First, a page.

The best way to guard against that risk is to let markets do their thing and impose a cost on those who live in riskier areas. But Gov. Brown this year signed into law Senate Bill 824 which, as the Department of Insurance explains, “prohibits insurance companies from cancelling or non-renewing any homeowner policies within or immediately adjacent to the fire perimeter of a declared emergency area for one year — extending current protections for those who experience total loss to add consumers whose homes survive the blaze.” If you want less building in the perimeter areas, you need to let insurers raise prices or refuse to insure properties in overly risky areas.

The state also has done a poor job dealing with one possible cause of the latest wildfires, which may have been electrical equipment and power lines. Pacific Gas & Electric is still investigating the cause of the latest fire, but already is facing a lawsuit. Last month, Brown signed into law the hugely controversial Senate Bill 901, which “directs the California Public Utilities Commission to conduct a stress test to determine how much utilities can pay for wildfire-related damages,” as CNBC reported. “It also would allow PG&E to issue ‘recovery bonds’ that would help it finance costs from last year’s devastating fires in the state’s North Bay region.”

Critics are right to call it a bailout of the state’s regulated utilities. The governor doesn’t want them to face financial hardships given how dependent the state has become on utilities as we move toward additional solar-power-related mandates. The governor tried, but failed, to include in that legislation limits on utility companies’ liability by eliminating “strict liability” under California’s inverse-condemnation laws. If utility companies are shielded from liability for fires, it not only increases the costs on insurers and their policyholders, but provides less incentive for the utilities to upgrade their equipment to protect against future fires.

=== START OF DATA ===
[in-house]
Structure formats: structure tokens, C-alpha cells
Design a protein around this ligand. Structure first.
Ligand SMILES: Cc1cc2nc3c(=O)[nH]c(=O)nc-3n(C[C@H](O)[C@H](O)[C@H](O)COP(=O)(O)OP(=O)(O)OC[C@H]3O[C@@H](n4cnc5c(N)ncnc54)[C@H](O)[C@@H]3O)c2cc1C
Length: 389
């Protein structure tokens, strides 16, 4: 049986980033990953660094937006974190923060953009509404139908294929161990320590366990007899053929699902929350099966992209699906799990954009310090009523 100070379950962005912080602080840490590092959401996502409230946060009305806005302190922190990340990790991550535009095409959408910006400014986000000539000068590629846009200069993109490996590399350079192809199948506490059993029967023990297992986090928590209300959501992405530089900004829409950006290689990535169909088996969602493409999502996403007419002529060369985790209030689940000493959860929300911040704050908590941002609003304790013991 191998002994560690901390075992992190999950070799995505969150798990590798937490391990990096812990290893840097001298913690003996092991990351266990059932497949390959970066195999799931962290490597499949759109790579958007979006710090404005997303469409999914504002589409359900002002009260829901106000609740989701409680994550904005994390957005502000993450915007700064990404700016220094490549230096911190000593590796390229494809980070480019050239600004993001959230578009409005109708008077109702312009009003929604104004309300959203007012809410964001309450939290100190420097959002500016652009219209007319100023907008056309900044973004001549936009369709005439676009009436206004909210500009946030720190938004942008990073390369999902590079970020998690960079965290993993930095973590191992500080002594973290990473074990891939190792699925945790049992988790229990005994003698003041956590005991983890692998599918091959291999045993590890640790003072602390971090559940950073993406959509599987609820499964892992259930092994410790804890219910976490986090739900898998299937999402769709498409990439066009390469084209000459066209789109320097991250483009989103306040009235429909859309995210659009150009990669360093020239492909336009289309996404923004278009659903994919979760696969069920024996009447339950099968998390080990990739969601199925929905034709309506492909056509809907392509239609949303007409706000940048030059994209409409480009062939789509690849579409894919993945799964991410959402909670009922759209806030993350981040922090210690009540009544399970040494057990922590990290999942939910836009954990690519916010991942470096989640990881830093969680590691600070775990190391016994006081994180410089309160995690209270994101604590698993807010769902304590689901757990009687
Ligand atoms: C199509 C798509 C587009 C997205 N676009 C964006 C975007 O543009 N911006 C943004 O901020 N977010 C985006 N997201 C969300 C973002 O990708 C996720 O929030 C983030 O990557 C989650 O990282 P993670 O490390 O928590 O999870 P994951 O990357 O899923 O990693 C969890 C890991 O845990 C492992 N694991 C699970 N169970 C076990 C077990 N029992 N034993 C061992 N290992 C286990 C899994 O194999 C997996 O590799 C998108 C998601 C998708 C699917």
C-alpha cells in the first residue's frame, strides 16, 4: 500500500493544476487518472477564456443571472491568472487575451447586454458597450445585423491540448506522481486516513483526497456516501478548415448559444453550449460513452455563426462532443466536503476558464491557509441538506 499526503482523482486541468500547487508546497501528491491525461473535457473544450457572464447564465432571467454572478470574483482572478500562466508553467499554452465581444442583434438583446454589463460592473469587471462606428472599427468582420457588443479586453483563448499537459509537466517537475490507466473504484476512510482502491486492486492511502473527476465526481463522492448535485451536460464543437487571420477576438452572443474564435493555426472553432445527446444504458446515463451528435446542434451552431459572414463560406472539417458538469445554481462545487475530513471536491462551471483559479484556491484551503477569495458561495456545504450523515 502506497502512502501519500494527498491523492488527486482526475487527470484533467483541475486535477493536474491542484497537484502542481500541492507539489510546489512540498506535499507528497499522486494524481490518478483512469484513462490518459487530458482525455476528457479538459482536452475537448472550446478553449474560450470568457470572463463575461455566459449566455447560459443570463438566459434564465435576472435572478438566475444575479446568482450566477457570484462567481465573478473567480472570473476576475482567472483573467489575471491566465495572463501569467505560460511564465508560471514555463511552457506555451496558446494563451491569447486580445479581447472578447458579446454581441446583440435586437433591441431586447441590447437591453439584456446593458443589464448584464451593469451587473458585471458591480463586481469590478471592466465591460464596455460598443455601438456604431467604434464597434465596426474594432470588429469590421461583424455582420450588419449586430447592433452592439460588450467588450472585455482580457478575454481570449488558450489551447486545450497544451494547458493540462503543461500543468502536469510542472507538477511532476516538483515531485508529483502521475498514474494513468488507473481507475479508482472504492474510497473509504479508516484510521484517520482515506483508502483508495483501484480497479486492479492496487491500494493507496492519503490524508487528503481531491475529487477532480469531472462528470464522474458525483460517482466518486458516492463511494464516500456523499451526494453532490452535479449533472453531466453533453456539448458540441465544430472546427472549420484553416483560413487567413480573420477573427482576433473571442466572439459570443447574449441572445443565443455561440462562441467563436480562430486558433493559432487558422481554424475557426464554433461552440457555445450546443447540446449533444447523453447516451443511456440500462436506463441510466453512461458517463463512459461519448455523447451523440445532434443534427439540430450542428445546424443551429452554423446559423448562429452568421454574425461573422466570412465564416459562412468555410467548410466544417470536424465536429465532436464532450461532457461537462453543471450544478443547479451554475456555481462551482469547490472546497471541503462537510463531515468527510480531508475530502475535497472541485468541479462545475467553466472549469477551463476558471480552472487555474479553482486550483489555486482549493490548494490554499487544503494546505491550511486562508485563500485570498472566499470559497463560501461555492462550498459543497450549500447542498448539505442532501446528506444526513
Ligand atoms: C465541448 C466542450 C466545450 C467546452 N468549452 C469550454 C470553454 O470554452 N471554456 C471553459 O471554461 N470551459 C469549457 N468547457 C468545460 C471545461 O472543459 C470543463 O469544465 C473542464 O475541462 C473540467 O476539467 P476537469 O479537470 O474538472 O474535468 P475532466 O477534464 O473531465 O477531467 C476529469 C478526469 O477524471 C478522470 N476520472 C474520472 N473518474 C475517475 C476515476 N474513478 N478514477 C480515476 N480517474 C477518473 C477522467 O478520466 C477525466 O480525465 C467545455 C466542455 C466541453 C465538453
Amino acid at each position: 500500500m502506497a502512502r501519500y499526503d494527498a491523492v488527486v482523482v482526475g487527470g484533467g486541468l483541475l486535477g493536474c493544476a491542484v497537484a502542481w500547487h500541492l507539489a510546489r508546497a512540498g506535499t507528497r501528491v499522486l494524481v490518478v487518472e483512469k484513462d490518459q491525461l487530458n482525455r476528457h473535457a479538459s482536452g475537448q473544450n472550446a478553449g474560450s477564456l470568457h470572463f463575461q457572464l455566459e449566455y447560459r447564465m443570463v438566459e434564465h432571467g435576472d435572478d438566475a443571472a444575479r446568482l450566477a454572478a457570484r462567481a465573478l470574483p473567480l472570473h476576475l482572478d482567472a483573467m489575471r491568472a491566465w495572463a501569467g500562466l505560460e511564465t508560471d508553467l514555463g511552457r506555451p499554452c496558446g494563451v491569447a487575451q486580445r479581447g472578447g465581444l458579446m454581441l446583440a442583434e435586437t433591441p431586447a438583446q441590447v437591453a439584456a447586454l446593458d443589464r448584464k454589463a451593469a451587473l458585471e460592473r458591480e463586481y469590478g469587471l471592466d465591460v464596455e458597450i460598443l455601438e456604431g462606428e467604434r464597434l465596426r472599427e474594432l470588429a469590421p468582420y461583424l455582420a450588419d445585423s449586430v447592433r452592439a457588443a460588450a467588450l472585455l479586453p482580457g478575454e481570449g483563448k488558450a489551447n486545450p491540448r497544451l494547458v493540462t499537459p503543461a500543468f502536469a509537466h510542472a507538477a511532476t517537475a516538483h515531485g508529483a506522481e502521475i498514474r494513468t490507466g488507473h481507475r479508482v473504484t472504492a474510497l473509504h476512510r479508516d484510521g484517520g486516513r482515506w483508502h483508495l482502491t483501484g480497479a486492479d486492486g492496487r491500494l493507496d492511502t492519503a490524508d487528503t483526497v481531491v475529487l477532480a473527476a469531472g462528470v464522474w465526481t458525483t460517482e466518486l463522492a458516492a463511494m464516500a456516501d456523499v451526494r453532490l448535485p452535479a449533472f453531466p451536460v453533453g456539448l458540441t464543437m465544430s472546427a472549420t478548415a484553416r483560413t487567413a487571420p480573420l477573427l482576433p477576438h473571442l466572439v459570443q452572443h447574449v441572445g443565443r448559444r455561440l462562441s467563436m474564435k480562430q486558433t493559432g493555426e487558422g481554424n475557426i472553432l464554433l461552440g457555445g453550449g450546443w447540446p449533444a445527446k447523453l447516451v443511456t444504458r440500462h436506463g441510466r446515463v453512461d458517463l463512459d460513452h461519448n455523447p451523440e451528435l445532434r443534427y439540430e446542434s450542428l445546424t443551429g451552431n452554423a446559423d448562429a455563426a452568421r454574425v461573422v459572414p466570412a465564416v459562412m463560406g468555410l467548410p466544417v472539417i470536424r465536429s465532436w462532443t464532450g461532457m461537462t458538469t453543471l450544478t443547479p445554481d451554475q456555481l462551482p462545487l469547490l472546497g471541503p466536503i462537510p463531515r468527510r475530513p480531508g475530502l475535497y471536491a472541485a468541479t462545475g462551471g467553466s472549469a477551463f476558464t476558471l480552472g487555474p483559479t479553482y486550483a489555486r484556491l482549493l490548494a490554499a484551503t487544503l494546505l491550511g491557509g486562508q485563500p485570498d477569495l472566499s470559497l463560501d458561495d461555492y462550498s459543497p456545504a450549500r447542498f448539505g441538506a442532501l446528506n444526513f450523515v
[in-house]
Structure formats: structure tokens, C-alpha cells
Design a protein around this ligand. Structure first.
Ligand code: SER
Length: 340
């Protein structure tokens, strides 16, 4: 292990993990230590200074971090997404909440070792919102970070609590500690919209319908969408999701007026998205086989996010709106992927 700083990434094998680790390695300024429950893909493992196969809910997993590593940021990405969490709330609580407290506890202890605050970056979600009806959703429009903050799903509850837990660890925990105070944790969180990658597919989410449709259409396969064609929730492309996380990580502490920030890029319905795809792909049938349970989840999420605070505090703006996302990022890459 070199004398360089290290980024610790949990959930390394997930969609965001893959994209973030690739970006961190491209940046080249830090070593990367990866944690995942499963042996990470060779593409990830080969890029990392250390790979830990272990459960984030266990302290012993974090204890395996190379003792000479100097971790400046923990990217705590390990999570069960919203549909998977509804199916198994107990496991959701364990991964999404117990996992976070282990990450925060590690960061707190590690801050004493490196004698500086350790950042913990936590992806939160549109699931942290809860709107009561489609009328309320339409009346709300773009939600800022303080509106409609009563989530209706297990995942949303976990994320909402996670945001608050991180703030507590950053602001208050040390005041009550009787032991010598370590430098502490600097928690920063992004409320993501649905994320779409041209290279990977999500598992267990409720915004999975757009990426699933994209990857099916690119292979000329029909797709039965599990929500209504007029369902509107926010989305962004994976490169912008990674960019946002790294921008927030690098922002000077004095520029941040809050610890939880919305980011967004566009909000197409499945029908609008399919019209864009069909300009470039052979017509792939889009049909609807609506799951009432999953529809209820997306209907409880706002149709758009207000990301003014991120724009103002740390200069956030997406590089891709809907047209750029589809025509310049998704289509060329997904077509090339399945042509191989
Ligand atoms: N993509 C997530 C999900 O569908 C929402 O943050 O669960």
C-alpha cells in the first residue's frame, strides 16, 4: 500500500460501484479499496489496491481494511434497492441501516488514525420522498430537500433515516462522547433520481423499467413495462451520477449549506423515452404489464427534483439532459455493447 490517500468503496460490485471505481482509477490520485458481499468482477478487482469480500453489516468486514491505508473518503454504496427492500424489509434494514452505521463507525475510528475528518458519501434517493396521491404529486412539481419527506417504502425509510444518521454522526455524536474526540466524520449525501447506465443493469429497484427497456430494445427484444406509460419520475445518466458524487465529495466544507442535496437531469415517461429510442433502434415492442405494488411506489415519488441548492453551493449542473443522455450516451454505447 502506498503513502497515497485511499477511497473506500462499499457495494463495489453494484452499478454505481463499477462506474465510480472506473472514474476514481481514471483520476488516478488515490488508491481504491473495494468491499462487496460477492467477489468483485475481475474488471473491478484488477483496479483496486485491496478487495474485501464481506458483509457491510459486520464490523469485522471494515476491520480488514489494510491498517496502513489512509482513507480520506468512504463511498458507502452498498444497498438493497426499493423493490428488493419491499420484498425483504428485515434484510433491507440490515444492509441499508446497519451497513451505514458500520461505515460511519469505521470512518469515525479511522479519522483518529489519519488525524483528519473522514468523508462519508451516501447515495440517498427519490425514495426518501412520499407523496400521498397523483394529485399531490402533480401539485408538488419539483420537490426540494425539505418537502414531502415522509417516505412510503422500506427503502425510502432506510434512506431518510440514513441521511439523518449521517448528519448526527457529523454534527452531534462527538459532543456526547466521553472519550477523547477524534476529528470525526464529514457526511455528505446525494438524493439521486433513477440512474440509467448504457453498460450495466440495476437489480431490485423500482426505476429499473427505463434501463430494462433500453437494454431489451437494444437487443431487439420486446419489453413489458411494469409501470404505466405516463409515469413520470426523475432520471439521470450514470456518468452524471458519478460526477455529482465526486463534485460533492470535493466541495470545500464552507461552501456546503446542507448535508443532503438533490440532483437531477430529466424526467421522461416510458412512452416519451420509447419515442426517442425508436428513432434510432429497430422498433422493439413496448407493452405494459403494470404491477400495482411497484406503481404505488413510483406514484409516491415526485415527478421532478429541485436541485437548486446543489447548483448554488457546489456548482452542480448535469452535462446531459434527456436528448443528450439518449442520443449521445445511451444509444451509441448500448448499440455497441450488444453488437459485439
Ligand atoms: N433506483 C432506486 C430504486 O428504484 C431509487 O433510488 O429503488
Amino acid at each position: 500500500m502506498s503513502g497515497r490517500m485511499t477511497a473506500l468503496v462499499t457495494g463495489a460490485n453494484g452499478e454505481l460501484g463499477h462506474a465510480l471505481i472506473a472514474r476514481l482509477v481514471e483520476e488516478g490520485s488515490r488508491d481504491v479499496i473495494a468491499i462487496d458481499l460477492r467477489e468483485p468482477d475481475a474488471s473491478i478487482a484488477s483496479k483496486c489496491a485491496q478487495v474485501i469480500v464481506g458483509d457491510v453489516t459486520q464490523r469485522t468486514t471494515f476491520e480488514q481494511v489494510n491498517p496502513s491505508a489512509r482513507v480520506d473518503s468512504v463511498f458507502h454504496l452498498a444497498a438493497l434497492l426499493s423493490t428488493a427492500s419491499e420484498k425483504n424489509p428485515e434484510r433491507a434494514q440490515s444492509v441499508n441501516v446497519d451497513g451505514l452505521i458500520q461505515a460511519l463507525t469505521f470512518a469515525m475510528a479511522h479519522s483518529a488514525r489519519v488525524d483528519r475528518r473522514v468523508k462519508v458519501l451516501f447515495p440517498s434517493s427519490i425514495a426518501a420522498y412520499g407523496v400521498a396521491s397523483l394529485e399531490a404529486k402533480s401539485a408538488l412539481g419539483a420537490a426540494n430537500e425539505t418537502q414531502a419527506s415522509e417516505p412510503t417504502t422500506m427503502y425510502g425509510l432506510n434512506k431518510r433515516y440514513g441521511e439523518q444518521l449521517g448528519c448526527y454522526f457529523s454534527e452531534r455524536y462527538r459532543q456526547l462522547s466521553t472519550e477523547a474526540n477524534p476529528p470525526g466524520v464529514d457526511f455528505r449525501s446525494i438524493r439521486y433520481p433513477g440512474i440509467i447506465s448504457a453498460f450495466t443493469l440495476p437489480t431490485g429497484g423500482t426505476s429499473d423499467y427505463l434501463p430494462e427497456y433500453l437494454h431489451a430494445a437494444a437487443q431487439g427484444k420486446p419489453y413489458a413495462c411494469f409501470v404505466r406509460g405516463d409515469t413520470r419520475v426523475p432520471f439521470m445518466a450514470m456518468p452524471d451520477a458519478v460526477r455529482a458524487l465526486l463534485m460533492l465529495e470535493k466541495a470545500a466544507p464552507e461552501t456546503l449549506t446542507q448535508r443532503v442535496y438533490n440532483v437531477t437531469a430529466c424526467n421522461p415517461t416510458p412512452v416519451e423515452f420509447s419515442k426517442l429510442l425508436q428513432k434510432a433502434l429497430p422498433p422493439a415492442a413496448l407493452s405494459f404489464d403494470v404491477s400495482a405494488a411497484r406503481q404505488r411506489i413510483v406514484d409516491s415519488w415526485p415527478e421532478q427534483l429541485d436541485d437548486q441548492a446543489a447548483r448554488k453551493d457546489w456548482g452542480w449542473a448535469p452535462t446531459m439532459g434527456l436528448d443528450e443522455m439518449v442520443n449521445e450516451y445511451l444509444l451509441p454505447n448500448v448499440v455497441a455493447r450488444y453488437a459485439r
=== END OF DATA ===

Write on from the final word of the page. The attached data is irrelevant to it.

Finally, the state misuses its firefighting resources. We all appreciate firefighters, but in California they earn median compensation packages of nearly $200,000 in cities and county departments and around $145,000 at Cal Fire. Many firefighters earn packages that are two or more times those averages. That means fewer funds to pay for additional firefighters — and more reliance on labor from the state’s prison inmates, who receive only a few bucks a day for some really tough work. But Brown, for all his talk about broad-based climate problems, was never willing to deal with easier-to-fix issues involving labor contracts and utility companies.

The fires are horrific, with the death toll now at 50 people. The northern wildfire, known as the Camp Fire, is the deadliest one in the state’s history, claiming 48 of those lives. Nearly two years ago, the same general area was threatened by a crumbling spillway at the nation’s tallest earthen dam at Oroville. Heavy flooding is one thing, but tens of thousands of people were evacuated from that part of the valley because of the government’s failure to adequately maintain a crucial piece of infrastructure.

Human and governmental negligence caused the dam near-disaster. They certainly have contributed to the current fire situation. But I’m afraid that point will be lost as the president and governor focus on hobby horses rather than practical solutions.

Steven Greenhut is Western region director for the R Street Institute. Write to him at sgreenhut@rstreet.org.

Steven Greenhut
Steven Greenhut
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Steven Greenhut is a senior fellow and Western region director for the R Street Institute. Write to him at sgreenhut@rstreet.org.